Britain, the United States and Germany have denied Emmanuel Macron’s threat to put “boots on the ground” in Ukraine after Russia warned it would make war with NATO “inevitable.”
Downing Street insisted there are no plans to deploy British troops to fight alongside Ukraine following the French president’s claim that the prospect “It should not be ruled out.”
Joe Biden’s administration said the president had been clear that US forces would not be sent to Ukraine.
Germany, meanwhile, issued a thinly veiled rebuke over the speed at which Paris had been supplying weapons to kyiv, saying that should be Macron’s focus.
Conservatives expressed concern about Putin’s “completely unnecessary rattling around,” saying there are better ways to test his “long-term commitment.”
The Kremlin seized on Macron’s words in its attempt to divide the Western military alliance at a crucial point in the two-year war.
Putin’s spokesman, Dmitry Peskov, said the possibility of NATO troops on the ground was an “important new element.”
“In that case, we would have to talk not about the probability but about the inevitability (of war),” he said.
Downing Street said today there were no plans to deploy British troops to fight alongside Ukraine.
Members of the Ukrainian army carry out tactical exercises and training for their operations
Emmanuel Macron said in Paris that troops on the ground “should not be ruled out”
Macron said earlier this week that European nations have not ruled out putting troops on the ground.
He said nothing should be excluded as the West seeks a strategy to counter Russia, which controls just under a fifth of the territory recognized as Ukraine.
“We will do everything necessary to ensure that Russia does not win,” Macron added.
Asked about the comments, a Downing Street spokesperson said: “Other than the small number of personnel in the country supporting the armed forces, we have no plans to undertake large-scale deployments.”
Tobias Ellwood, former chairman of the House of Commons Defense Committee, said the Telegraph: “The idea of putting boots on the ground, which is so totemic and so symbolic, but which is a completely unnecessary rebuke to Putin when there are other ways to test his long-term commitment to seeing this through.”
Germany’s Vice Chancellor Robert Haebeck said France should focus on providing more weapons to Ukrainian troops.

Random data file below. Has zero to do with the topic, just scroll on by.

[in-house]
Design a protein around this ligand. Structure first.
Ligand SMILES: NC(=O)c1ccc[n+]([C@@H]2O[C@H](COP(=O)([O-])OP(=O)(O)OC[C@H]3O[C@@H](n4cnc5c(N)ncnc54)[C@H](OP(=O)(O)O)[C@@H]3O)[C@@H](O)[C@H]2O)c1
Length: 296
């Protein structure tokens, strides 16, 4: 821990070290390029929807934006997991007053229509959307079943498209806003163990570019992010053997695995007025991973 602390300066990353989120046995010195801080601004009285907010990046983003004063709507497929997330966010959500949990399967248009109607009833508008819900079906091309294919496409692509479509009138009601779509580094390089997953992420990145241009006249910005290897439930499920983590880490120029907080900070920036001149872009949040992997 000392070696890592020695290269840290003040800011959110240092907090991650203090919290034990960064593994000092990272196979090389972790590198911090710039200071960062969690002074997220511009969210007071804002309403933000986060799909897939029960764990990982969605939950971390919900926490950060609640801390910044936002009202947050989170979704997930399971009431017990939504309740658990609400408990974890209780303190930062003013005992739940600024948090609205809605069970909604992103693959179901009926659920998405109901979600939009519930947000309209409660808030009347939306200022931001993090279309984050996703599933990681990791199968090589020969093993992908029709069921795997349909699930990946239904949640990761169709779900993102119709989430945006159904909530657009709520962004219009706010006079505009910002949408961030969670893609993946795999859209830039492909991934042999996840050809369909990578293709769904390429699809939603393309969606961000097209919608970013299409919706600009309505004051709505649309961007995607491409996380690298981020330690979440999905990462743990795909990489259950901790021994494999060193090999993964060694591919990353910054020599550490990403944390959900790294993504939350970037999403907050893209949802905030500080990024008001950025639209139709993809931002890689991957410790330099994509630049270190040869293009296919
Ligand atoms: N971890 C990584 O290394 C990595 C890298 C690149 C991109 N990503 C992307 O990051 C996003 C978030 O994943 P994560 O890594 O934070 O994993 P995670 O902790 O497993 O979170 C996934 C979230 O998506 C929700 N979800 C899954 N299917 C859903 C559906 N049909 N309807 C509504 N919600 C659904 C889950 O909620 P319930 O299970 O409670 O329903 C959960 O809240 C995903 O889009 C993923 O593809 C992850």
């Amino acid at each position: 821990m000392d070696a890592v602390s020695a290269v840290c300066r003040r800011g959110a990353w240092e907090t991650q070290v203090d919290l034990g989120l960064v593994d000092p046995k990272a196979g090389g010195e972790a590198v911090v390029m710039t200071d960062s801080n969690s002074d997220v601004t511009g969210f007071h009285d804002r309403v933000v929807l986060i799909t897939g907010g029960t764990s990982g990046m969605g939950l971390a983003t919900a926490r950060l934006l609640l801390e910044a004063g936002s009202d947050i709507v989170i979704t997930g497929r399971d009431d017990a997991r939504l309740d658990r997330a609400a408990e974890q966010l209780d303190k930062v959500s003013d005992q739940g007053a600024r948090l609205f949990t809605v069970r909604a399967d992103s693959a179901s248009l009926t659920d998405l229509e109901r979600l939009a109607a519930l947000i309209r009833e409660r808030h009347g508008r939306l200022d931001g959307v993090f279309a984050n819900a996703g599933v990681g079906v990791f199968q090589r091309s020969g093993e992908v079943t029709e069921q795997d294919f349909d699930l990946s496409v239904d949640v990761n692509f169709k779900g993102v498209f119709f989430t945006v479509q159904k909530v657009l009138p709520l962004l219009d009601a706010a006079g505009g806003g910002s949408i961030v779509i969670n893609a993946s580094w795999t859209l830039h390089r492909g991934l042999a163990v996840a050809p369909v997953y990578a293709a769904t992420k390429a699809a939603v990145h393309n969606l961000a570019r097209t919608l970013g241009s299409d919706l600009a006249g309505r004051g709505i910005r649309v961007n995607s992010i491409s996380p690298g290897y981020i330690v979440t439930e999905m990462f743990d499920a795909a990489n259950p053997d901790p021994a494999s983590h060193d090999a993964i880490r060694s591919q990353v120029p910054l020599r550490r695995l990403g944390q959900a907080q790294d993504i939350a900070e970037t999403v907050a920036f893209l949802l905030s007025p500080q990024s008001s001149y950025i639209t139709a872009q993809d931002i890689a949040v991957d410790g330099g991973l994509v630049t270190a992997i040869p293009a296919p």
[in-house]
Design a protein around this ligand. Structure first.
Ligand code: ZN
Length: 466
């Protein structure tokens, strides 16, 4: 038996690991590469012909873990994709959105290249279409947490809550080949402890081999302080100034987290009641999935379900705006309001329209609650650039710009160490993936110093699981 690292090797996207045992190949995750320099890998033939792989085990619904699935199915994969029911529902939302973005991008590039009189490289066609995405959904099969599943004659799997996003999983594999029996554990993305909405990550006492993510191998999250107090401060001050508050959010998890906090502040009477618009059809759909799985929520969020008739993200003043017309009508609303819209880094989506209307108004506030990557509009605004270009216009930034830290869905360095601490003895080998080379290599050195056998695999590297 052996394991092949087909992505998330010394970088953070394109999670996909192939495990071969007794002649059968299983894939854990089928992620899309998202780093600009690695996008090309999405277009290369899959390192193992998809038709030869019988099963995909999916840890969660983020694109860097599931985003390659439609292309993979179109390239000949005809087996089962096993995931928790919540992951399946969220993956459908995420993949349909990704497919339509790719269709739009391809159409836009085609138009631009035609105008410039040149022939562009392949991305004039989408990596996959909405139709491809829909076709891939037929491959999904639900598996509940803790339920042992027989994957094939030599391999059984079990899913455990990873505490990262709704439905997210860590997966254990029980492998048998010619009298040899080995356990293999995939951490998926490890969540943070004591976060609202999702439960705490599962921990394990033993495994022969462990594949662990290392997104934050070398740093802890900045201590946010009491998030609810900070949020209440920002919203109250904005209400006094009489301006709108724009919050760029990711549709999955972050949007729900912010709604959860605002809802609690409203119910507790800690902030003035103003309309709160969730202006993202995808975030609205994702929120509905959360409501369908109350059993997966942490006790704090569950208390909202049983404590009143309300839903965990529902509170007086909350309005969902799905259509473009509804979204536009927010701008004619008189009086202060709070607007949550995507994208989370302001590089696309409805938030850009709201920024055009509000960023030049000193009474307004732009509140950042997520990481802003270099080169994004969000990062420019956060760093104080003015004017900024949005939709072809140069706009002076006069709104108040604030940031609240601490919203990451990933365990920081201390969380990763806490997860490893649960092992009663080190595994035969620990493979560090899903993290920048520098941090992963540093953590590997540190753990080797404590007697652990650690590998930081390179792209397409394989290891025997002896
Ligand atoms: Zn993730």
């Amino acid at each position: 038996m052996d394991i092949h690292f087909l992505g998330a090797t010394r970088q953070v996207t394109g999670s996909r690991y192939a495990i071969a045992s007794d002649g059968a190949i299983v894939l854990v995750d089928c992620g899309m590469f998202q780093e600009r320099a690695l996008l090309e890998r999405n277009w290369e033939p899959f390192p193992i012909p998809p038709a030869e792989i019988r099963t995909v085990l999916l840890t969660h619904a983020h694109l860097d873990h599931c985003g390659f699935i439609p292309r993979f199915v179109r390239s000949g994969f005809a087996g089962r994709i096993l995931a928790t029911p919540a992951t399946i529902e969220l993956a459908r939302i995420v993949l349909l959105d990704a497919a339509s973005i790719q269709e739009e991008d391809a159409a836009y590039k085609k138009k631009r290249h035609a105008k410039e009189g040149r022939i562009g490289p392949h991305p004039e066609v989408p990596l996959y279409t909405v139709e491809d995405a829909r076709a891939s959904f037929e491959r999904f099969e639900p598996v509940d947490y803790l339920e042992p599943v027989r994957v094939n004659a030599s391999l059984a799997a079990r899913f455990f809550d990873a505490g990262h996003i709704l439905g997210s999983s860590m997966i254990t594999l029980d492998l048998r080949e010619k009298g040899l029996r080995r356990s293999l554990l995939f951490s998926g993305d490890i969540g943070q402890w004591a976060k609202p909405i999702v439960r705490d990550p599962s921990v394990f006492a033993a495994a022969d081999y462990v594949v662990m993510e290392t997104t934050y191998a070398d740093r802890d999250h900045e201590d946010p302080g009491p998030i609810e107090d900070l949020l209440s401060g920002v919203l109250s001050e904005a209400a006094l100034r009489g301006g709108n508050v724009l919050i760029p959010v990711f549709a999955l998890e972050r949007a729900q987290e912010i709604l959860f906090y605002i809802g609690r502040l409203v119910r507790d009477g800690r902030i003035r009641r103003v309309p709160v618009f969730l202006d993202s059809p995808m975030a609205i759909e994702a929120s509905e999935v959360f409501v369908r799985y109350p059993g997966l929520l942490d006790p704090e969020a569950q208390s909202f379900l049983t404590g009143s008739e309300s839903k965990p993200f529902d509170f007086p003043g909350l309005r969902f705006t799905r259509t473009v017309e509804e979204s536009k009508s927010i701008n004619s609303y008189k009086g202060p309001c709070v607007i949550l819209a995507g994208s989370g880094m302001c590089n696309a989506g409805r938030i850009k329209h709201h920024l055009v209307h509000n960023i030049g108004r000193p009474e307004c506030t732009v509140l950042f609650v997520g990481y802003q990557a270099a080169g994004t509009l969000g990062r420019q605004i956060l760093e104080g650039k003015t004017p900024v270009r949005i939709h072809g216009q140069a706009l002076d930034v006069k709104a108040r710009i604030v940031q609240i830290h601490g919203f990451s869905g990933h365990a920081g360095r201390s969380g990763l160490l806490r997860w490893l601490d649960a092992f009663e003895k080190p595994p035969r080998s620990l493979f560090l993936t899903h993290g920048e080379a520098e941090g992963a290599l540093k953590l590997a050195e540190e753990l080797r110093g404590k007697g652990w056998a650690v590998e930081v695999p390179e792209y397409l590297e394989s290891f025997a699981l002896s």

He said: “I am glad that France is thinking about how to increase its support for Ukraine, but if I could give it some advice: supply it with more weapons.”
The United States also intervened, denying that American troops would be deployed to Ukraine.
National Security Council spokeswoman Adrienne Watson told reporters that Joe Biden “has been clear that the United States will not send troops to fight in Ukraine.”
His colleague Jack Kirby added that US troops were in Ukraine only to account for weapons distributed to their troops.
Kirby denied that American troops could be sent for demining, weapons production or cyber operations, as French Foreign Minister Stéphane Sejourne had suggested Western troops could do.
He added that it would be a “sovereign decision” for France or any other NATO country to send troops to Ukraine.
State Department spokesman Matthew Miller, asked if the United States could send troops for other purposes, such as training, said the Biden administration opposes any deployment to Ukraine.
“Other than the small number of personnel in the country supporting the armed forces, we have no plans for large-scale deployments,” a Downing Street spokesperson said.
The UK is already sending British troops to help train Ukrainian soldiers.
‘We are not going to send troops on the ground in Ukraine. “The president has been very clear,” Miller told reporters.
Both the White House and the State Department said the priority was for Congress to approve new military aid to Ukraine.
“Basically, we believe that the path to victory for Ukraine right now is in the United States House of Representatives,” Miller said.
German Chancellor Olaf Sholz’s deputy, Robert Habeck, criticized the delay in France’s arms supply.
“I am glad that France is thinking about how to increase its support for Ukraine, but if I could give it some advice: supply more weapons,” Mr Habeck said.